Tuesday, May 10, 2011

Letters from Grandpa 30 January 1916

Box 162
Elko, Nevada

Miss Allene S. Kelley,

Dearest Girl o' Mine,

I'm still on the job,~ the teeth didn't cook too much and the patient is "tickled to death" with the work. A pleased patient is our best ad.

But what I'd like to know dear, is who is to blame for my failure to get a letter from you dated the 27th? Yours of the 26th came yesterday, accompanied by one from your aunt, dated the 27th, and the one this morning was written Friday. Now dear, you have forbidden my scolding and to prove my lovely nature I acquiesce in your favor~~this once; but you surely can't object if I tell you I'm disappointed when there's a day missed. I want one for every day even if they are not received for three or four days, if (again) then they come three or four in a bunch. I'm selfish dear, but can't help it, nor do I want to, where you are concerned.

Gosh! Sell that beautiful home! Do you really believe he will,~or wants to? Seems like a shame to even think of it,~but if he gets his price~~! And you haven't any idea where you might go? Well dear, should the deal go thru' and you leave Modesto all you've got to do is to tell me the new address and when the time comes I'll get there.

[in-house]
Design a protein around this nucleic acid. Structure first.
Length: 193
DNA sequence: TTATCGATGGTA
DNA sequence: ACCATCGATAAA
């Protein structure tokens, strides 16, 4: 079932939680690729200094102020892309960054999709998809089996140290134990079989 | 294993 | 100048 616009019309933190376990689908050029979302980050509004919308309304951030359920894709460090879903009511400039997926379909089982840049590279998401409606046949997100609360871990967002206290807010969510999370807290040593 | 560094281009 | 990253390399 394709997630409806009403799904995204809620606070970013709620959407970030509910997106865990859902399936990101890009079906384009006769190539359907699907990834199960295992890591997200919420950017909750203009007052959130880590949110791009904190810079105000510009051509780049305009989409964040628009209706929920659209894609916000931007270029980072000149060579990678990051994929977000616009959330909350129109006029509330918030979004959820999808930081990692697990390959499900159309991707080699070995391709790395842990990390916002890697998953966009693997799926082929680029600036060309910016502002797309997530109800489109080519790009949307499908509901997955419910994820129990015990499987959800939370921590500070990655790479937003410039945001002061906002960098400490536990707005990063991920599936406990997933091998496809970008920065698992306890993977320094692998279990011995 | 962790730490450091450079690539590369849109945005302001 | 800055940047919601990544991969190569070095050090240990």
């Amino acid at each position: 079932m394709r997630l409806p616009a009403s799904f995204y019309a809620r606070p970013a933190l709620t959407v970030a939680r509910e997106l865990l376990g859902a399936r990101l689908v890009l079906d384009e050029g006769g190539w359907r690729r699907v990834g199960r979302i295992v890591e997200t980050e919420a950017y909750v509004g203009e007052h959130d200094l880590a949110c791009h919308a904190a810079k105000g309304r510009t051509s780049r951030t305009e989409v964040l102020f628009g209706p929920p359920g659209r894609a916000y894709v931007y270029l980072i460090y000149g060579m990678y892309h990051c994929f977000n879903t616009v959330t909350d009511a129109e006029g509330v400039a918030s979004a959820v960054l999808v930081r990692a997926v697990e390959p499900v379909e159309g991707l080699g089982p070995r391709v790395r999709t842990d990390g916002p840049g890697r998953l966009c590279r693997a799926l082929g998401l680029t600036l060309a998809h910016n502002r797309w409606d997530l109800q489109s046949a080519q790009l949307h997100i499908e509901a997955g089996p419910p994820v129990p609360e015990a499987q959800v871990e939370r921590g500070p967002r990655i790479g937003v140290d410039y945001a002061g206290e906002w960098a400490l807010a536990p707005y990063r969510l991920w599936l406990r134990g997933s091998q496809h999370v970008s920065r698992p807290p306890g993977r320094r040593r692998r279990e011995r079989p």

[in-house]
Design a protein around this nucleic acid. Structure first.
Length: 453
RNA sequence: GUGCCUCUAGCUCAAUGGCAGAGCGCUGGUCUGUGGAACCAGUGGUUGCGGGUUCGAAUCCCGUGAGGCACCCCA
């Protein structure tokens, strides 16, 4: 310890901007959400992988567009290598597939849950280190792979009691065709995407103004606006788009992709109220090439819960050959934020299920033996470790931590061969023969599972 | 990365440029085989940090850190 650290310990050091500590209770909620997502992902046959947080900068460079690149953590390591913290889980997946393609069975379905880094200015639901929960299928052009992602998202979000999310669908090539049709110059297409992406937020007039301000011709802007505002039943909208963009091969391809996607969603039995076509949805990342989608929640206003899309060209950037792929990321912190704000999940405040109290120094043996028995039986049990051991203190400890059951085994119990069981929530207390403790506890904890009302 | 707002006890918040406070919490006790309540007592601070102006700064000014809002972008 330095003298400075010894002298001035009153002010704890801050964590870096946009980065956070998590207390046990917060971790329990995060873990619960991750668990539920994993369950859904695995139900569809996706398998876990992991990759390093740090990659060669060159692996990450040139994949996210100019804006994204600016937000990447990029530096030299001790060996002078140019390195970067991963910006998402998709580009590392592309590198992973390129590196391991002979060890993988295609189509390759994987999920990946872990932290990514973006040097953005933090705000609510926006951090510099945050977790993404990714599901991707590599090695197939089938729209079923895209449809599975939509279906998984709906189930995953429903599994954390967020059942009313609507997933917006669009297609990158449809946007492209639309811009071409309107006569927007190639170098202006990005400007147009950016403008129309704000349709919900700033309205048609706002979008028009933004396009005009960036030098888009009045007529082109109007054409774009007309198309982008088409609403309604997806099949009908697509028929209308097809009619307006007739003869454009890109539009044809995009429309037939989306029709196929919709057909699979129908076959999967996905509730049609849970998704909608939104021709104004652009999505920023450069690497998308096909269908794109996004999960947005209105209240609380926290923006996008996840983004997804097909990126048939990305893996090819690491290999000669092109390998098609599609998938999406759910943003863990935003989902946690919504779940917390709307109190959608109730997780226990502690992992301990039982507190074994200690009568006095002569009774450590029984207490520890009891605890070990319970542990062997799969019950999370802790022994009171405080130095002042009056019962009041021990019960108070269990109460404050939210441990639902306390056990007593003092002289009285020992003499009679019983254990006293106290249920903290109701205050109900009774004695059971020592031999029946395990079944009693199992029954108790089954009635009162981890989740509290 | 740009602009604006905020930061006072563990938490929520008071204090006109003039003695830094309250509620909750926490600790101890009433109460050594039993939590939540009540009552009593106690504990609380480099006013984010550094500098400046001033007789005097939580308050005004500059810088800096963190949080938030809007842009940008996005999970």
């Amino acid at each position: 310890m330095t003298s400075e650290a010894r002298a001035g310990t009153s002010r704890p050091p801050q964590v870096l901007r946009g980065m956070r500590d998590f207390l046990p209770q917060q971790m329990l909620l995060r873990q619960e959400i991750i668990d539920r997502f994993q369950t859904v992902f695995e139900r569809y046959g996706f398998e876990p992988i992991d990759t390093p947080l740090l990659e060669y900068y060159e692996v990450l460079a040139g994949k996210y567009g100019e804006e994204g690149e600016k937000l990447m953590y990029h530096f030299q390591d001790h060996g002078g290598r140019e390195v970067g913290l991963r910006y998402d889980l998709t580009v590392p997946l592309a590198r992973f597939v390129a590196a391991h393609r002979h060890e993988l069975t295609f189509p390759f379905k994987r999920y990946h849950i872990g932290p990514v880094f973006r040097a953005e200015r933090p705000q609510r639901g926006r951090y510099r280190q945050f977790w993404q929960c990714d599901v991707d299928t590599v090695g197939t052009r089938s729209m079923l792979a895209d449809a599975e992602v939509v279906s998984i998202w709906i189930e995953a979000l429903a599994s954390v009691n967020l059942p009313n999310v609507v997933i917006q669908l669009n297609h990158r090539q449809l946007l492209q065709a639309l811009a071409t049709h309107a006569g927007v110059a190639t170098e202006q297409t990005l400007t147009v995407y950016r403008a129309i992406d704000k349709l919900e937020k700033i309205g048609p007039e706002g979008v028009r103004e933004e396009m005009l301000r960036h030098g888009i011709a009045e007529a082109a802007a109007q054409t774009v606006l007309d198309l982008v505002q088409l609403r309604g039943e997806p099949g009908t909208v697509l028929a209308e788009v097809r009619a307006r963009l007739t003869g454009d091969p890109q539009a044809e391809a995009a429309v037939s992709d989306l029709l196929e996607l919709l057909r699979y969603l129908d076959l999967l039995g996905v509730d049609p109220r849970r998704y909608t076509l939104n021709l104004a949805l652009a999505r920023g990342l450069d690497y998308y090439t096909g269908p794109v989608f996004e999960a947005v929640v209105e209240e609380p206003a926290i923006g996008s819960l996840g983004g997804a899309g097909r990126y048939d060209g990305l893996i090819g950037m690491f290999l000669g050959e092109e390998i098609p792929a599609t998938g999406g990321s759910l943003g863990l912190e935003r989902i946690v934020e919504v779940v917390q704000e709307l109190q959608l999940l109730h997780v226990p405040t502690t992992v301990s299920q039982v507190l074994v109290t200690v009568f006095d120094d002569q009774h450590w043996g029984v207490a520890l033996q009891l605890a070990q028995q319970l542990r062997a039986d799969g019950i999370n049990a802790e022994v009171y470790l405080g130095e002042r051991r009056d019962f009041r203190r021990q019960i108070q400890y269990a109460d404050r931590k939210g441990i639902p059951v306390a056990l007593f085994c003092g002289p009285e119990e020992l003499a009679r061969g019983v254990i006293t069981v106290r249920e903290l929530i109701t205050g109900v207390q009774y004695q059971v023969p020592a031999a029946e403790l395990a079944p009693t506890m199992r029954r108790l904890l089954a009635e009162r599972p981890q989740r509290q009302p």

All the weather prophets around here say this last storm is the last big one we'll have for a while and if that's the case we will be at our destination in a few days. Was talking to the stage driver last night, the fellow who had that terrible experience (he's alright now) and he says "they'll be able to get us thru' in a few days, about Wednesday." They are driving stock etc. over the road now to break it. When we get there, dear, the triweekly mail service and the uncertainty of stage lines out here will put a damper on our daily missives but we can write a few lines daily anyhow. Now that the time is drawing near and we have been away from Elko so long I hate to go up there to that old mining camp, but what can a poor man do?

With love dear, I'm always yours                                    

Sunday Afternoon,
Jan. 30th, 1916

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